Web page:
The bald eagle's diet consists primarily of fish, though it can and will find other sources of food when fish is scarce. In fact, supplementing fish with other sources of food is an important part of a bald eagle's overall health. Small mammals, crustaceans and other small sea creatures are secondary sources of food for bald eagles.
Much like with humans, having a varied diet is important for a bald eagle to maintain its health. For example, an eagle can fully digest the small bones of a fish easily, but the bones of a mammal like a rabbit or mouse cannot pass through its digestive system. These bones are stored in a pouch in the eagle's throat until enough have accumulated that they form a small, hard pellet. The eagle then regurgitates this pellet. The act of regurgitation plays an important function in maintaining the health of the eagle's digestive system.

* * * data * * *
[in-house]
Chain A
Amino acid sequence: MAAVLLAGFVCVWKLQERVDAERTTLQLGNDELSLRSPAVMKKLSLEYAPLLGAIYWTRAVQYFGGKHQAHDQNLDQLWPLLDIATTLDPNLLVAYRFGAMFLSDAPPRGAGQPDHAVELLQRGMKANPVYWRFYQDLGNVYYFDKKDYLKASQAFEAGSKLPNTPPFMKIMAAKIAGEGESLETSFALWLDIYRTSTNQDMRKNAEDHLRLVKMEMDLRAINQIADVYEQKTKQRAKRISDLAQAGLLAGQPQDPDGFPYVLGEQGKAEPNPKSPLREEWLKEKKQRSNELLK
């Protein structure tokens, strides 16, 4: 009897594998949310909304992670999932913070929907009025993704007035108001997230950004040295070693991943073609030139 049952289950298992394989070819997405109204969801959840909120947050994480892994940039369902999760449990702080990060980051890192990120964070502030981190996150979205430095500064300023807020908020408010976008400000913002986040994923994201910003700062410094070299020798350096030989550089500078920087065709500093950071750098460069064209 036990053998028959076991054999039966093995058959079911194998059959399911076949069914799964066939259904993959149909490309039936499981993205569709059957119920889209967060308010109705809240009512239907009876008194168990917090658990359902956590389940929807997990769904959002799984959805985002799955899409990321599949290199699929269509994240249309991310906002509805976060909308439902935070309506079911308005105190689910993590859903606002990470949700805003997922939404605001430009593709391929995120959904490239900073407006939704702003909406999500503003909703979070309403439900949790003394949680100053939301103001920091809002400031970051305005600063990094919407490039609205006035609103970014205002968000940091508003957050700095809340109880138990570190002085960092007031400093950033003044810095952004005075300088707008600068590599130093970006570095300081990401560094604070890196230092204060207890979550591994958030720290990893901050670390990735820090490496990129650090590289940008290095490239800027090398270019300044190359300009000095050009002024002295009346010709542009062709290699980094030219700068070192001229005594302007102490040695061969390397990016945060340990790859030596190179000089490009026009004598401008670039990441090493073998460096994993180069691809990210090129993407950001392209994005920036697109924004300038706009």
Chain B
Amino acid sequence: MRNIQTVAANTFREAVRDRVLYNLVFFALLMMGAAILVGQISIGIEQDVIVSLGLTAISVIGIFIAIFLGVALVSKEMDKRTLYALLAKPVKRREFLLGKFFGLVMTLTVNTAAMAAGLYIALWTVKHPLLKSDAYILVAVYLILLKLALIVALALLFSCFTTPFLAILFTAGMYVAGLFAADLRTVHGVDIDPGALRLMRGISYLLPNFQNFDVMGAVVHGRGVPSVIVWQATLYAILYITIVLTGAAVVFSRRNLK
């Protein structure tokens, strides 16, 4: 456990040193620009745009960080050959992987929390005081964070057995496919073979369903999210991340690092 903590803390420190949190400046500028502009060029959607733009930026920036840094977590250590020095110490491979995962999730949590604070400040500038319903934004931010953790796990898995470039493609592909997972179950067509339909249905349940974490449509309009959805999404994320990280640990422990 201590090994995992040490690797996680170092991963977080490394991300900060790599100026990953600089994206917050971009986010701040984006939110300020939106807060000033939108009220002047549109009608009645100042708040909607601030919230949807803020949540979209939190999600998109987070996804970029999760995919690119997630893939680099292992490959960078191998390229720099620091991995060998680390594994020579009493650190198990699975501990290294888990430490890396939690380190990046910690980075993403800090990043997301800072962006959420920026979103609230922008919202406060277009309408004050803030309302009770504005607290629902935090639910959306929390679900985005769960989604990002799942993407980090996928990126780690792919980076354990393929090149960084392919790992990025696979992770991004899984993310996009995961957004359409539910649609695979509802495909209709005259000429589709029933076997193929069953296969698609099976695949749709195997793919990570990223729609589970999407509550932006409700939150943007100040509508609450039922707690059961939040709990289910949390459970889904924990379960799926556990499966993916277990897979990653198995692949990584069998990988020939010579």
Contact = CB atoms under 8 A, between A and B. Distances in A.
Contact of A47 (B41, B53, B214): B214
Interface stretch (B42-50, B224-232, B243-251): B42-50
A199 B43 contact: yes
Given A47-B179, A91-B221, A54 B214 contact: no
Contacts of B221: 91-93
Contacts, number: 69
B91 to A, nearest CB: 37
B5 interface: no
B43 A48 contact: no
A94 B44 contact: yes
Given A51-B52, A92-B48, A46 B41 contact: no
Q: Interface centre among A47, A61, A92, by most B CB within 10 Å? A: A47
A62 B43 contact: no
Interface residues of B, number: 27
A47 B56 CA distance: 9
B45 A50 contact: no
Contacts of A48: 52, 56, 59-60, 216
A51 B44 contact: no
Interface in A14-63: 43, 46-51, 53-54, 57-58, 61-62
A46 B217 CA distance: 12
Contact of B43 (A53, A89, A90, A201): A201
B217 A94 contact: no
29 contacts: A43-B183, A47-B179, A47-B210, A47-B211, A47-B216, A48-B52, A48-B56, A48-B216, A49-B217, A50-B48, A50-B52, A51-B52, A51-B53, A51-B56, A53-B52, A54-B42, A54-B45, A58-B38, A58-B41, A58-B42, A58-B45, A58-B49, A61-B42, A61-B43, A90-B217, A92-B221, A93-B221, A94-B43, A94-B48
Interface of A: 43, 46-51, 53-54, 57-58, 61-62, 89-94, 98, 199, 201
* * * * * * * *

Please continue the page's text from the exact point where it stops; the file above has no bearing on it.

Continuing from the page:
Bald eagles catch most of their prey themselves, but they have also been known to feed opportunistically on carrion. There is even evidence of eagles descending on the carcasses of animals that are being transported by hunters, or even taking food out of dumpsters and other outside garbage cans.